css: add some random height to make sure we got some space to scroll

body{height:3000px;} 

js: set some scroll position

jQuery(window).scrollTop(100);

as a result the two reported values differ now: http://jsfiddle.net/sNLMe/66/

UPDATE Feb. 14 2015

there is a pull request for jqLite waiting, including its own offset method (taking care of current scroll position). have a look at the source in case you want to implement it yourself: https://github.com/angular/angular.js/pull/3799/files

jQuery offset() Method, jQuery offset() Method Return the offset coordinates of a <p> element: Name/​Value pairs, like {top:100,left:100}; An object with top and left properties  Is it possible to get the top position of an element using javascript/jquery ? The element is a table, if that matters.

You can try element[0].scrollTop, in my opinion this solution is faster.

Here you have bigger example - http://cvmlrobotics.blogspot.de/2013/03/angularjs-get-element-offset-position.html

Element offsetTop Property, Definition and Usage. The offsetTop property returns the top position (in pixels) relative to the top of the offsetParent element. The returned value includes:. The offsetTop property returns the top position (in pixels) relative to the top of the offsetParent element. The returned value includes: the top position, and margin of the element; the top padding, scrollbar and border of the offsetParent element; Note: The offsetParent element is the nearest ancestor that has a position other than static. Tip: To return the left position of an element, use the offsetLeft property.

Get element offset in JavaScript · Muffin Man, When we left jQuery behind and embraced modern JavaScript frameworks, we thought we would never touch DOM directly But one of the other common tasks is getting element's offset, top and left. One important thing to note - it is not taking CSS transforms into calculations. Sometimes it is returning wrong values​. Just for reference, if you are using: $(el).offset().top To get the position, it can be affected by the position of the parent element. Thus you may want to be consistent and use the following to set it: $(el).offset({top: pos}); As opposed to the CSS methods above.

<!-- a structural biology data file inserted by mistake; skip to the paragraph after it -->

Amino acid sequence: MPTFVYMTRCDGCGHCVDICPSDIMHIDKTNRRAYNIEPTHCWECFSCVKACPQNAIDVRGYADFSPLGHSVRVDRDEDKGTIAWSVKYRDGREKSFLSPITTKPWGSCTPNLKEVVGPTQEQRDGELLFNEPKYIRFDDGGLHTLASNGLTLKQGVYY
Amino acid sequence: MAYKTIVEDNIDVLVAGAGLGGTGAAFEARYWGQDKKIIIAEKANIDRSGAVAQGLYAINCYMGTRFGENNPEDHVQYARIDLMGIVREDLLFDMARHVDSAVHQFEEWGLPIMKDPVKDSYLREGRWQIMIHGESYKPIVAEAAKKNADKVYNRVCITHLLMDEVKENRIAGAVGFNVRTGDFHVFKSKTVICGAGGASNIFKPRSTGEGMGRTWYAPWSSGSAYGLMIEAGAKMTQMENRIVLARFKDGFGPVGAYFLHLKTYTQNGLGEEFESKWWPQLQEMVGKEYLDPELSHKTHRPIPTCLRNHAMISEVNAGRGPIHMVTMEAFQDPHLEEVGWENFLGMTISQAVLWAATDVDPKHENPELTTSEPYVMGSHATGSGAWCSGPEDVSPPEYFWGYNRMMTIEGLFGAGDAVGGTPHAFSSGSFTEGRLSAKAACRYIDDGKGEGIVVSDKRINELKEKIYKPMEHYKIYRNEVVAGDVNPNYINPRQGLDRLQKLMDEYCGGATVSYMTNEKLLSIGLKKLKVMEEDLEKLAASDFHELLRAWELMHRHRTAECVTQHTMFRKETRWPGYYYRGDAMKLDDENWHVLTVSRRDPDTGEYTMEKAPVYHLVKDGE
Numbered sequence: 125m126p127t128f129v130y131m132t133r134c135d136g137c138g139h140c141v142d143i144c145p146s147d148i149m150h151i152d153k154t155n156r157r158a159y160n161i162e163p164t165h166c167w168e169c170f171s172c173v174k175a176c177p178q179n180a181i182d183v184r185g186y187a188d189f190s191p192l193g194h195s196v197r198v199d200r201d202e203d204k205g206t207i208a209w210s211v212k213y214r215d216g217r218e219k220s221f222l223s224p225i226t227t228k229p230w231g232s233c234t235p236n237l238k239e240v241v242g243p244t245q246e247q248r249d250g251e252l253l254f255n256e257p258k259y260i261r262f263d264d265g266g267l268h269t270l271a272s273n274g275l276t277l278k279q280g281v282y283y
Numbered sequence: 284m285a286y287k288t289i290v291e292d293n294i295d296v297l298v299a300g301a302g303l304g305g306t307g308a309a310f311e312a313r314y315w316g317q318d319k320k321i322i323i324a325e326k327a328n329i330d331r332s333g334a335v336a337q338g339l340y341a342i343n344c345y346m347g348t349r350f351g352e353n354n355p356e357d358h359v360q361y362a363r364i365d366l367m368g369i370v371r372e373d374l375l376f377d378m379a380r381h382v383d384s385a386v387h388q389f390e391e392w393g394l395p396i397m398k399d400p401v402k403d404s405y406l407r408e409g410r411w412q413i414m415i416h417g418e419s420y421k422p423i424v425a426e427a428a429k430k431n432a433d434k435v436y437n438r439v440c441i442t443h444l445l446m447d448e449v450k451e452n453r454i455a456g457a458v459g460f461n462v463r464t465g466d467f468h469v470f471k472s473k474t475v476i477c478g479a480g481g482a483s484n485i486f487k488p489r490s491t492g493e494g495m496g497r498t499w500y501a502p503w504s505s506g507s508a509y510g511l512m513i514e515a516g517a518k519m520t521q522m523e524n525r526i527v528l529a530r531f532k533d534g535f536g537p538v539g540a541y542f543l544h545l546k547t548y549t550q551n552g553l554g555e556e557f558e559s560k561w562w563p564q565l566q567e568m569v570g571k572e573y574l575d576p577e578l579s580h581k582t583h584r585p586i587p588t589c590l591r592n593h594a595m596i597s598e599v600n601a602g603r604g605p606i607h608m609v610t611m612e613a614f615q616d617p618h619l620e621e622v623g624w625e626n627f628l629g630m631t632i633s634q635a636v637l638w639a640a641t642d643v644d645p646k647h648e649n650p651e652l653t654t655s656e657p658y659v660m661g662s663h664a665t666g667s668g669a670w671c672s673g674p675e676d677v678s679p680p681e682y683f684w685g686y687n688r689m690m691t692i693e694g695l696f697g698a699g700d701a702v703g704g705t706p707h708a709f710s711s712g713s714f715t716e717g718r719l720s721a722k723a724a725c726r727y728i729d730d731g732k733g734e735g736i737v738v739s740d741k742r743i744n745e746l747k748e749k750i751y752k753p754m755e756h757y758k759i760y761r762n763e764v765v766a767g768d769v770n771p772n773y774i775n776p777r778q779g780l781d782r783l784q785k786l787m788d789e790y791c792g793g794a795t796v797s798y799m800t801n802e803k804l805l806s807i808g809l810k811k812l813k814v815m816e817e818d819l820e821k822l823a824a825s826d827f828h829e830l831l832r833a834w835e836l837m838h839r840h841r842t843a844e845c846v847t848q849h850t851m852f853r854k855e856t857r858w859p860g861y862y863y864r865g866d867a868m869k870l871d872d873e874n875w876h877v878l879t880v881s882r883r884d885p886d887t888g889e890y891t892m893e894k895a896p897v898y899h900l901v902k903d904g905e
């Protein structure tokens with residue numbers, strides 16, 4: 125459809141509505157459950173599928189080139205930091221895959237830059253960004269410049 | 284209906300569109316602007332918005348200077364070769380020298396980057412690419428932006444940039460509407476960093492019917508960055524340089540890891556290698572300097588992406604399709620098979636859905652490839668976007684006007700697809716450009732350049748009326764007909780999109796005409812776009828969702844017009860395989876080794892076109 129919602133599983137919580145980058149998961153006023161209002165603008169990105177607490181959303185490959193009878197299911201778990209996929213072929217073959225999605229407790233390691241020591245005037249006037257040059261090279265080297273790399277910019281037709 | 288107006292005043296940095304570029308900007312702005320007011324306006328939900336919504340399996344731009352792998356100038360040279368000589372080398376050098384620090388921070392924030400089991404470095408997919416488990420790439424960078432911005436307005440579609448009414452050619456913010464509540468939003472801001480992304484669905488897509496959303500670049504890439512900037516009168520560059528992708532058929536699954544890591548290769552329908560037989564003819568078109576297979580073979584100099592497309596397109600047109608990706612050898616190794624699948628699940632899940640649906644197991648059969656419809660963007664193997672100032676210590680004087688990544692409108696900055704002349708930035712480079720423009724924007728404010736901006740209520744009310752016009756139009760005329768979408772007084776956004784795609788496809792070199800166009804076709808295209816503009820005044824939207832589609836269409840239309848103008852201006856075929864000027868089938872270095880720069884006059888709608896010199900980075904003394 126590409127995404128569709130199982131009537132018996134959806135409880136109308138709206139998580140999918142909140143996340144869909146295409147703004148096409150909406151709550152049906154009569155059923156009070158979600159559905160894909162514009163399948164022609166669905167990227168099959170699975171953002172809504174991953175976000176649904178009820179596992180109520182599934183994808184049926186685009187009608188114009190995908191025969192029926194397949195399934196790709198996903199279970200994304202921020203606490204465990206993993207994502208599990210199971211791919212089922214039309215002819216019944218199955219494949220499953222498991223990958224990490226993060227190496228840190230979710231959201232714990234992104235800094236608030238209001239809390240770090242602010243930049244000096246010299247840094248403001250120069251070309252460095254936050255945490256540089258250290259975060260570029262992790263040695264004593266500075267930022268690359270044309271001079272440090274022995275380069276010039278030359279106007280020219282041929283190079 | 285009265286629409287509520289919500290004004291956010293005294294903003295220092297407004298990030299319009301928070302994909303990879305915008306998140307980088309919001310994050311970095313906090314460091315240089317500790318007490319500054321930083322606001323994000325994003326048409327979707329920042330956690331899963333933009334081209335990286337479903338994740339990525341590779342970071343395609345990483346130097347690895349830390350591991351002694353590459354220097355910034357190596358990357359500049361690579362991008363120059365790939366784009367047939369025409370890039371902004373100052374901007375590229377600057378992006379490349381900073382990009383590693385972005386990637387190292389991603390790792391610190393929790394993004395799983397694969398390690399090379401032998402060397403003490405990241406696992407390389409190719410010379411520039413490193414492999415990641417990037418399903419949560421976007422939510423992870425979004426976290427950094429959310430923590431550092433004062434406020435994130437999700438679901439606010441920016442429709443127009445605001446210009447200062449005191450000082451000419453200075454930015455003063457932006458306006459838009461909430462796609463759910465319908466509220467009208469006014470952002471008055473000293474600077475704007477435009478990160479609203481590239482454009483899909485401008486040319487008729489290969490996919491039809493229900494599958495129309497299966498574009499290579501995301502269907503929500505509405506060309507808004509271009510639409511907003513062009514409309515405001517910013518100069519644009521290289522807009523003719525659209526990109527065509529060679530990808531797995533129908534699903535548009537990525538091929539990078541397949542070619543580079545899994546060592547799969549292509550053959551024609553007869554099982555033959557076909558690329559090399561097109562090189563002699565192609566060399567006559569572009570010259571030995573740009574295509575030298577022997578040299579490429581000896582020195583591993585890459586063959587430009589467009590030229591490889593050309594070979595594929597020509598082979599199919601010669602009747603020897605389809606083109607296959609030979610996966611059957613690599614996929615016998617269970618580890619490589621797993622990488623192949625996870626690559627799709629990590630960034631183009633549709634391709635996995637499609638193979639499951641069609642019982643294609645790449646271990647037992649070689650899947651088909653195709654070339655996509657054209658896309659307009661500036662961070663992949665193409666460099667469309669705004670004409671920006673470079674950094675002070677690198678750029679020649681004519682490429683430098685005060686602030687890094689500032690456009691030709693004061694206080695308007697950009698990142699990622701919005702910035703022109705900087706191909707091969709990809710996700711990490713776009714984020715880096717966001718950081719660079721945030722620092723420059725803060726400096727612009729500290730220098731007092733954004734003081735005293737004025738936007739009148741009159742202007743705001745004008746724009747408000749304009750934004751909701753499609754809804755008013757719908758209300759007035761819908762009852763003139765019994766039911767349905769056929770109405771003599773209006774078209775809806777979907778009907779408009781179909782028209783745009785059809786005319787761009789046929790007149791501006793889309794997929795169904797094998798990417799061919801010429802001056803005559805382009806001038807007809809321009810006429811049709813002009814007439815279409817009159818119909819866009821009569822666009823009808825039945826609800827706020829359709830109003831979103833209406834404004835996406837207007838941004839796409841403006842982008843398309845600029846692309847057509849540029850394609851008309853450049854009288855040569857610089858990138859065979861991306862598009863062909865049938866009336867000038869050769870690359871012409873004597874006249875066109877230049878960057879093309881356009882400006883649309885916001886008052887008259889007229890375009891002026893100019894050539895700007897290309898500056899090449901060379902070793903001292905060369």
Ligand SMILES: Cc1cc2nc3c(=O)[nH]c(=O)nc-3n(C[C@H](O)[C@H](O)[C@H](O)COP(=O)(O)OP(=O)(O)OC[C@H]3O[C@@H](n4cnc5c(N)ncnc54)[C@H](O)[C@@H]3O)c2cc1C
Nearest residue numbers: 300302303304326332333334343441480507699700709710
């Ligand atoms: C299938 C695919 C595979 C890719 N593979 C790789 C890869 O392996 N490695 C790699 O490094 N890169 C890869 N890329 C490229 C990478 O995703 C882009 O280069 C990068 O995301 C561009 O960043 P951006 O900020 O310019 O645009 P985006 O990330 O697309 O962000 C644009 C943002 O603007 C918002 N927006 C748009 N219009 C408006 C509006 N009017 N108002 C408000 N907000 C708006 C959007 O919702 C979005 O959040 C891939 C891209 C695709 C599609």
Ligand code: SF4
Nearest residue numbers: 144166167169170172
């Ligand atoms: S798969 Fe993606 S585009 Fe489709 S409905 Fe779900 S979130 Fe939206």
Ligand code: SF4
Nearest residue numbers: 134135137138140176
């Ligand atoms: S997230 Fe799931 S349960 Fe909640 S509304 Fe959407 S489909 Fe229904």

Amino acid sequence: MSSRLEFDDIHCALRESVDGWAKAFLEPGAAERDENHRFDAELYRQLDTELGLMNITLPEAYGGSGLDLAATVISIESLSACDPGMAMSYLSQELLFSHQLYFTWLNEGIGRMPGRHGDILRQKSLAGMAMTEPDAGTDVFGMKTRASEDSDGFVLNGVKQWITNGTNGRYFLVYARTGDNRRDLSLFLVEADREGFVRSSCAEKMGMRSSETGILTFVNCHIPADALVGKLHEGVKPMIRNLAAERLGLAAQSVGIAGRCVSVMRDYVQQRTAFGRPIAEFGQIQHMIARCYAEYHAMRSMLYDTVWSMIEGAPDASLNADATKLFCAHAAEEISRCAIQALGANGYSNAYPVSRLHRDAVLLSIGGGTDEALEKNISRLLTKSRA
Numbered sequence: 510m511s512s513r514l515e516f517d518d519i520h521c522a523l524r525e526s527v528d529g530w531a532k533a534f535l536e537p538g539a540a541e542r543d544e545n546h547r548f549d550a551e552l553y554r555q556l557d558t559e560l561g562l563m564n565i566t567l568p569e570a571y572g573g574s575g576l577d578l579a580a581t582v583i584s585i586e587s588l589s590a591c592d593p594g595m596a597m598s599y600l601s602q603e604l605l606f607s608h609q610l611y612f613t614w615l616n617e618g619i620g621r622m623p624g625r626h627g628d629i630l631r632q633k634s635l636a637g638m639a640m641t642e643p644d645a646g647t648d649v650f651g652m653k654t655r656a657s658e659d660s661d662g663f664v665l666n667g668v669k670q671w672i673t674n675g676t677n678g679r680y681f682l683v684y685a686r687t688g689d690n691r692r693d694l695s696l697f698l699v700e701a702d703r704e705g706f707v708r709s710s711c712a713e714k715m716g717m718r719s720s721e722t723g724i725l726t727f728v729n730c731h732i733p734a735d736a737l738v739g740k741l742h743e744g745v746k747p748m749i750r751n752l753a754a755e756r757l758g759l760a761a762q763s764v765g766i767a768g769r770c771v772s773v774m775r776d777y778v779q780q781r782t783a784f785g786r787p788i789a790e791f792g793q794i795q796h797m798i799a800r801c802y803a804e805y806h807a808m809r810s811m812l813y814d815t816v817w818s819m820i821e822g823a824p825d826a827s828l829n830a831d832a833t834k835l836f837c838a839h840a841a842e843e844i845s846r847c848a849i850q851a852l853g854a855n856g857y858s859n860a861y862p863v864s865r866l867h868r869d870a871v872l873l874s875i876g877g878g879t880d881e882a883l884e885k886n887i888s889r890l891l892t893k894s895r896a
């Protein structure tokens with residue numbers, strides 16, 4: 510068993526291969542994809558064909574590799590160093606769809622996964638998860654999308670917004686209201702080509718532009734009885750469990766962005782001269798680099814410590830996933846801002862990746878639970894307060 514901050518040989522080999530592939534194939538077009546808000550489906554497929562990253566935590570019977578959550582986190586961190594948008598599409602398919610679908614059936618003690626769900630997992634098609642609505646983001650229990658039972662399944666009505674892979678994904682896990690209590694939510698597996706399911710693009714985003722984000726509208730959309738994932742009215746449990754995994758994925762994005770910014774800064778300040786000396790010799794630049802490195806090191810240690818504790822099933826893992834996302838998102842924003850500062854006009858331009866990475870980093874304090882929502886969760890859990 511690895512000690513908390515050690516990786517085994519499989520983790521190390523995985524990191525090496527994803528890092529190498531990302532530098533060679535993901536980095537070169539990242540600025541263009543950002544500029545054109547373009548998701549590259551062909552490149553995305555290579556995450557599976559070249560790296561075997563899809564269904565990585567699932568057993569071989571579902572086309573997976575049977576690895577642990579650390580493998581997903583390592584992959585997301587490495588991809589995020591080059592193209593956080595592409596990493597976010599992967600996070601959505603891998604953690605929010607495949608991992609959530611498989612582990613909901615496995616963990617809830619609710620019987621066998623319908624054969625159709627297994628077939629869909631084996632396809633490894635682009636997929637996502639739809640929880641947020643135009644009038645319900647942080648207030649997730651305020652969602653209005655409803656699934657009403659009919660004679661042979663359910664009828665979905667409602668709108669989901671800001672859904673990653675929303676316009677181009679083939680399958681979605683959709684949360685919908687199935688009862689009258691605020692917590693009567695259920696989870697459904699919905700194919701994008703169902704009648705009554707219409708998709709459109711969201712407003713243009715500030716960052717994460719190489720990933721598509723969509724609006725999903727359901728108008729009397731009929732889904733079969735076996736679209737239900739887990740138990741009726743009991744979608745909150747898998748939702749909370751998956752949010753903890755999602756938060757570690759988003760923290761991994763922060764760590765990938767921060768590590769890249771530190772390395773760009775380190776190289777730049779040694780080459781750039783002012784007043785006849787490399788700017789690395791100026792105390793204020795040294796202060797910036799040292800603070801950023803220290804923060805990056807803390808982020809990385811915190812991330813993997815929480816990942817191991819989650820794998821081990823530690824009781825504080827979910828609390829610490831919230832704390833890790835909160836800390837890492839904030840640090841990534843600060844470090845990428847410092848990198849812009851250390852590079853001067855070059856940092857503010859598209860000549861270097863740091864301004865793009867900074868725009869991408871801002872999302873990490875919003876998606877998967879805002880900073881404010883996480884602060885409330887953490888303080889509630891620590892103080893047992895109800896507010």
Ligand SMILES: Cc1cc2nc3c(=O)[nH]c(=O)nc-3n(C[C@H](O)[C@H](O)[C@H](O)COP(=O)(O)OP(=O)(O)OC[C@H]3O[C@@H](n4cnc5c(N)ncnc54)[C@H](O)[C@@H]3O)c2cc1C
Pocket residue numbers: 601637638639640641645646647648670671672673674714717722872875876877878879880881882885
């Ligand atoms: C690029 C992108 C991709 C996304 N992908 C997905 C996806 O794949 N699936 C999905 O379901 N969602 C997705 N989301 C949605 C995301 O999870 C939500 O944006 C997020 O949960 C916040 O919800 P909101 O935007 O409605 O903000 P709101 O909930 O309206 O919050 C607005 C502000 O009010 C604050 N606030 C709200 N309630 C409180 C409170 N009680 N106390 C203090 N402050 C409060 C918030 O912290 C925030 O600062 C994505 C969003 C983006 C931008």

HTMLElement.offsetTop, offsetTop read-only property returns the distance of the current of pixels from the top of the closest relatively positioned parent element. (Having display:​none does not affect this browser.) click() · forceSpellCheck(). That probably makes no sense. What I am trying to say is that these properties measure the distance from the current element's top-left corner to its nearest offset parent. For example, here is the offsetTop and offsetLeft value for our image element: The value is 24 because the parent (aka the container) pushes the image away by 24 pixels.

What is the difference between jQuery.position() and jQuery.offset , The position() method gets the top and left position of an element relative to make sure to use pixel values for margins, borders and padding. The index parameter is used to return the position of set element and offset return the coordinate of selected element. Return Value: This method returns the co-ordinate of matched elements. Below examples illustrate the offset() method in jQuery:

Comments
  • the accepted solution doesn't take the current scroll position into account, see my answer below
  • Looks like the cross browser compatibility on this is great too. Thanks.
  • note that this solution doesn't account for the current scrolling position, see my answer below
  • No, it's not the same. This is the same: $el.getBoundingClientRect().top + document.body.scrollTop
  • Well jQuery uses more than that... You should include getWindow, isWindow etc...
  • @TJ, why? Users should be able to infer what getWindow does, can look up the code of the utility function themselves since I have linked the github repo, and I believe adding in the code just to explain a utility function would just clutter the answer.
  • Reinventing the wheel (not universal one, by the way) is definitely better then using "cancer", yes, sure...
  • @Regent Not everyone wants to include a giant library to do something that can otherwise be done in 5 lines of code.
  • For example, jquery-2.1.3.min.js (83KB) is not giant file. What about projects (not AngularJS ones) where jQuery is used in many places? Do you suggest to write your one functions to make code (which works with DOM) shorter? Not well tested, with bugs, without good cross-browsing? I do understand that jQuery shouldn't be used in all projects, but by insulting jQuery you state that it should't be used anywhere (and this is wrong statement, by the way), don't you?
  • I'm not sure where I said that it "shouldn't be used anywhere". If jQuery is already a requirement, then sure, make use of it. But as time goes on and browser incompatibilities are resolved, it's value begins to diminish. And while 83kb might not be a lot on your first-world fiberoptic connection, much of the developing world isn't so fortunate. It's also frustrating as a JS library designer that so many SO posts continually punt to jQuery at times when you really need to understand how things work. See youmightnotneedjquery.com